induction and deduction (Bunge, 2006a). A realist approach will therefore never strive to
produce grand theories nor can it be seen as equivalent of ‘blind empiricism’: the eclectic and
arbitrary variables-based
2
approach to crime. One might wonder why Durkheim is considered
so important to analytical criminology as Durkheim’s view may seem to contrast with
Coleman’s methodological individualism. Indeed, Durkheim exclusively focused on the
analysis of social facts as rates of behaviour, and by doing so he developed the foundations for
macro-level theory. He also emphasised that ‘social facts’ have a much more specific meaning
than the phenomena that occur in society, and have some general societal importance.
Furthermore he underscored that sociology should be organised around the kind of facts that
share special characteristics. Durkheim named three characteristics: (1) objective
3
, (2) forced
character
4
, and (3) specific
5
. According to Durkheim, crime should unequivocally be seen as a
social fact, as a reality of it own or ‘sui generis’, that also exists outside the mind of the
criminologist.
The founding fathers of sociology, such as Durkheim, Weber, Parsons, but also Marx, described
the consequences of denying the existence of social facts independent of ourselves. Denying
that social facts exist independent of ourselves is typical of constructivistic approaches of
science, such as marxist criminology, radical criminology and abolitionism (Christie, 2004).
Such extreme interpretations of constructivism, like the extreme interpretation of positivism,
undermine the very essence of science. If every aspect of the social world around us were
1
Today it is quite generally accepted that the hypothesis, and thus the nature of the knowledge that has to be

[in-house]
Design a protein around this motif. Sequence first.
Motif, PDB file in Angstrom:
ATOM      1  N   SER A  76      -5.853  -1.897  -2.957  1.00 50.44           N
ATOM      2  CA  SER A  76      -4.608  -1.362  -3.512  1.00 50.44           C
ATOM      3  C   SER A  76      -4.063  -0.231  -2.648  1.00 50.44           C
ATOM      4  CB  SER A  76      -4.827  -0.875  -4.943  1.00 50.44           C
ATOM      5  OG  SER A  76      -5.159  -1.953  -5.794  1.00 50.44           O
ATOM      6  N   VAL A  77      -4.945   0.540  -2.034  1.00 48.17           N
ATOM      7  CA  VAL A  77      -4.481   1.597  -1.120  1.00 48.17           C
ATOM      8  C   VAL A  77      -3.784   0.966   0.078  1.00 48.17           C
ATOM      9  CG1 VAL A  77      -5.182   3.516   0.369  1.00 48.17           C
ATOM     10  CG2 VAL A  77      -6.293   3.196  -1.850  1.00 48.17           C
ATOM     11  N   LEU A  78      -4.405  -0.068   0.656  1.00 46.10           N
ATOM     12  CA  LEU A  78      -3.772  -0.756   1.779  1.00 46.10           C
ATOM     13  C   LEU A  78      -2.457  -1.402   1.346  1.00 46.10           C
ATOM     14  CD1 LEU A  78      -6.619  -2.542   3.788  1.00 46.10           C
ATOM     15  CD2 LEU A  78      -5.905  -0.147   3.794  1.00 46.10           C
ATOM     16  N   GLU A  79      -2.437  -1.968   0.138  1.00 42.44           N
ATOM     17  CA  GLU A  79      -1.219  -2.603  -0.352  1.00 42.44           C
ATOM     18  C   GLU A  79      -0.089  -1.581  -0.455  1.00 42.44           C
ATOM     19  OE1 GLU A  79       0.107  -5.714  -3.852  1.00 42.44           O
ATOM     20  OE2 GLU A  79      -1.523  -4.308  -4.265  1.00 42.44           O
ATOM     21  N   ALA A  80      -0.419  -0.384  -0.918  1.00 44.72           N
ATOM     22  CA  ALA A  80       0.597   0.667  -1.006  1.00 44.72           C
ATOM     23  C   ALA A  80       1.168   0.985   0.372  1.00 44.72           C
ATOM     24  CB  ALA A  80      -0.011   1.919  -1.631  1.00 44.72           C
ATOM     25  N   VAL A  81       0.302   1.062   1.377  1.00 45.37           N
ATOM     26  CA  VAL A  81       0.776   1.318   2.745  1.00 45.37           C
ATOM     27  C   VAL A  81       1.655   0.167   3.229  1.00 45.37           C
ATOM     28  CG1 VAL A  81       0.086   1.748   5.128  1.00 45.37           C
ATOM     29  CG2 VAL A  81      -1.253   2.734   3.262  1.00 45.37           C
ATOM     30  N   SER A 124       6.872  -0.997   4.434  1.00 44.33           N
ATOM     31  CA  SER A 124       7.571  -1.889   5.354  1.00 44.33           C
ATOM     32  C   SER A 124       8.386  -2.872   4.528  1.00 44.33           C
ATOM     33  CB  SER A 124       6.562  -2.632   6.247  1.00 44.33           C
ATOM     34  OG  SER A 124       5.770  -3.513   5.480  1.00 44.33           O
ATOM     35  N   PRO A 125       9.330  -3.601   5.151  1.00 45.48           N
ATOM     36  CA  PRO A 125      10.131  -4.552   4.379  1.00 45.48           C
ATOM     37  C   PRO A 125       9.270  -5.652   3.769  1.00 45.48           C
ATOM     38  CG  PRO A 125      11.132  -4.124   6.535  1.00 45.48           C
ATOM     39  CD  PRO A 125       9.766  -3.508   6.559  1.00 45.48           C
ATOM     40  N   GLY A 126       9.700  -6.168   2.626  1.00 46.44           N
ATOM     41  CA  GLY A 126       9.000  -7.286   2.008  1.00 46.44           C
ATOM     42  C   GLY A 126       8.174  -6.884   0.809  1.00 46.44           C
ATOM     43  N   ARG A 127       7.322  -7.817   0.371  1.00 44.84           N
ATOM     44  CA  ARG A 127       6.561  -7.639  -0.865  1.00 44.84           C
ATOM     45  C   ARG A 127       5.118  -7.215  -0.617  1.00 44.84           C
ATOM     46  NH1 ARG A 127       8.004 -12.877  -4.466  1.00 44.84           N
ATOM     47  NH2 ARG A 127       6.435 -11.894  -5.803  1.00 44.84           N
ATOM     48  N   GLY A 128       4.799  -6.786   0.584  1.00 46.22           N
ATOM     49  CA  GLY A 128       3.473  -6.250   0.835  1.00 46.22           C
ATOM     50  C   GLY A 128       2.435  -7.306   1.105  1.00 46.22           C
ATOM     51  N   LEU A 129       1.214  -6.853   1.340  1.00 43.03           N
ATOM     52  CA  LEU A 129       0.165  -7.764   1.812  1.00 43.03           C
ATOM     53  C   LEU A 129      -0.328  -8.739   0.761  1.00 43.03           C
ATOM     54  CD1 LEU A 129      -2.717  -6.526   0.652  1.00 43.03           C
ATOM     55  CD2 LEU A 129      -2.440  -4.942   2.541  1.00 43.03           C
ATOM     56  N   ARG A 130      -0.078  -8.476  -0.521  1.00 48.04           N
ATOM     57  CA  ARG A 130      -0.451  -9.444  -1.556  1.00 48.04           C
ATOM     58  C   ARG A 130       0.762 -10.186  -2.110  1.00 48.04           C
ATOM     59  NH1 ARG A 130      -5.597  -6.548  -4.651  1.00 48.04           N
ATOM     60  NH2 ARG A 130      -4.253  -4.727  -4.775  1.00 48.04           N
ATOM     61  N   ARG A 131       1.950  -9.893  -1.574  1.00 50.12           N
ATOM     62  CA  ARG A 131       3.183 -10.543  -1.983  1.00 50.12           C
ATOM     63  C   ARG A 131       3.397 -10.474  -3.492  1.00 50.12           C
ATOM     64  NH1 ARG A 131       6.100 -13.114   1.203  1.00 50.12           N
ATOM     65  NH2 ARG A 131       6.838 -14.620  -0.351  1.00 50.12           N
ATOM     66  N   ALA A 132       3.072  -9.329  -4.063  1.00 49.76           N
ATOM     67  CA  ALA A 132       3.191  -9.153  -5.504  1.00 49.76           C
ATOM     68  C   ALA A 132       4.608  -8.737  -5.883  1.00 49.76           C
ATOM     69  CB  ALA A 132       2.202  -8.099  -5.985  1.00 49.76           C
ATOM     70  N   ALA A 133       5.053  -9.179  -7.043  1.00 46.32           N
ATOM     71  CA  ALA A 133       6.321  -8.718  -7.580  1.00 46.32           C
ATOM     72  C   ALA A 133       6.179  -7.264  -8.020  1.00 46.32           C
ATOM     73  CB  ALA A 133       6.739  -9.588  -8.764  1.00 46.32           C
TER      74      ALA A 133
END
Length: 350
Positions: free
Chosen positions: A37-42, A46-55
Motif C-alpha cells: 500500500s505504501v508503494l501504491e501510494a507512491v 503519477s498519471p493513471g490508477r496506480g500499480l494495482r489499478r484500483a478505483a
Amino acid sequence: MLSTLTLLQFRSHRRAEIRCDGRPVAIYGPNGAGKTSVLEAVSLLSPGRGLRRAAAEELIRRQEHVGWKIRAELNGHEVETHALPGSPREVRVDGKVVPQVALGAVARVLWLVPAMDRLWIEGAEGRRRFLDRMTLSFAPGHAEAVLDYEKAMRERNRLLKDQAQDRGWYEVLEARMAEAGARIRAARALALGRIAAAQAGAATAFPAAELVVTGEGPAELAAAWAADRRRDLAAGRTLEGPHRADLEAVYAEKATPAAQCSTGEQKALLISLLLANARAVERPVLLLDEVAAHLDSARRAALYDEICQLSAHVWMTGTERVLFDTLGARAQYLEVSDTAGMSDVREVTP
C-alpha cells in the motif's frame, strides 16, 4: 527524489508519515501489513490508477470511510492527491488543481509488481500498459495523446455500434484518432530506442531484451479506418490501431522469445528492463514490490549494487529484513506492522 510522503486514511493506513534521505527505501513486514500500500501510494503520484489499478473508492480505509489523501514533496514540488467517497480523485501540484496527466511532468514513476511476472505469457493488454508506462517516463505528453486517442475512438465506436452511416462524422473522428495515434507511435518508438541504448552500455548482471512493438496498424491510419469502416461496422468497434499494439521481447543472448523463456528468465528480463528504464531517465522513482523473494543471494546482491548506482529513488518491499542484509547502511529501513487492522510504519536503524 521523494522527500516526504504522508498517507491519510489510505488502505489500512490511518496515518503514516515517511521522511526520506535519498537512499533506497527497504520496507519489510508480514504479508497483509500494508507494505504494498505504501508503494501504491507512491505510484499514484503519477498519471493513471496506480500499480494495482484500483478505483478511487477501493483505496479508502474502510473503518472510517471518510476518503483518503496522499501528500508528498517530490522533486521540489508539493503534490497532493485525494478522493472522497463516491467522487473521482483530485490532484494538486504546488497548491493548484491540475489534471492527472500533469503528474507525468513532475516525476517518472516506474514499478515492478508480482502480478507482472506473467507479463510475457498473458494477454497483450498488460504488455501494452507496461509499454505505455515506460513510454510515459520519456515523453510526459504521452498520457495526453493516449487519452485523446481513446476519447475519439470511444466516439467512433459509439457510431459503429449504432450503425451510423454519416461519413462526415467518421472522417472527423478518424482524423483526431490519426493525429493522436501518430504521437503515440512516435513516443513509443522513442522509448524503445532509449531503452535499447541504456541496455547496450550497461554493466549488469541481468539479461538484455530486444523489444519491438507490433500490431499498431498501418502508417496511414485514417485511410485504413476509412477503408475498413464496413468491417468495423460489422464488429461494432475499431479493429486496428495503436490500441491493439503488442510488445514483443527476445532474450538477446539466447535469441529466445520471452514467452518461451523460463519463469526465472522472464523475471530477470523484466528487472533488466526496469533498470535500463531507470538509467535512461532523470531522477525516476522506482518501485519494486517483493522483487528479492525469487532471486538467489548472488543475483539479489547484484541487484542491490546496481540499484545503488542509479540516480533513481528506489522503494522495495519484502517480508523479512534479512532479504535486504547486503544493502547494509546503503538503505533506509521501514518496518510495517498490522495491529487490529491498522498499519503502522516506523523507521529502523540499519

produced, determines whether one chooses an etiological or symbolic interactionist approach. Both points of view
lead to a different kind of knowledge and the researcher needs to be explicit when making a choice.
2
2 Variable-based criminology refers to the a-theoretical multiple factor approach or risk factor approach to crime
and delinquency that has made the study of empirical correlates an end in itself.
3
Durkheim (1969) talks about the ‘extérieur’, the exterior context. Durkheim discusses obligations that an
individual does not create himself, but that he is subjected to, and thus exist outside of the individual.
4
Durkheim also uses ‘impérative et coercitive’ to refer to sanctions. Social facts do have a coercive and ordering
power, which means that social facts are imposed on individuals. The coercion is intensified when one tries to
resist it.
5
With this Durkheim means that they are determined by society. Durkheim introduced the group or groupings. It
deals with facts that are compelling (norms and opinions), that are specific to a group, a society. This is the origin
of the term social facts.
interpreted as social constructions, then science would be of no use, as it would be impossible
to learn something about the world and how things works (Edling, 2007). At best we would
learn how a social construction is constructed. Scientific debate would no longer be possible
because every argument about how social reality functions would be equally valid, there would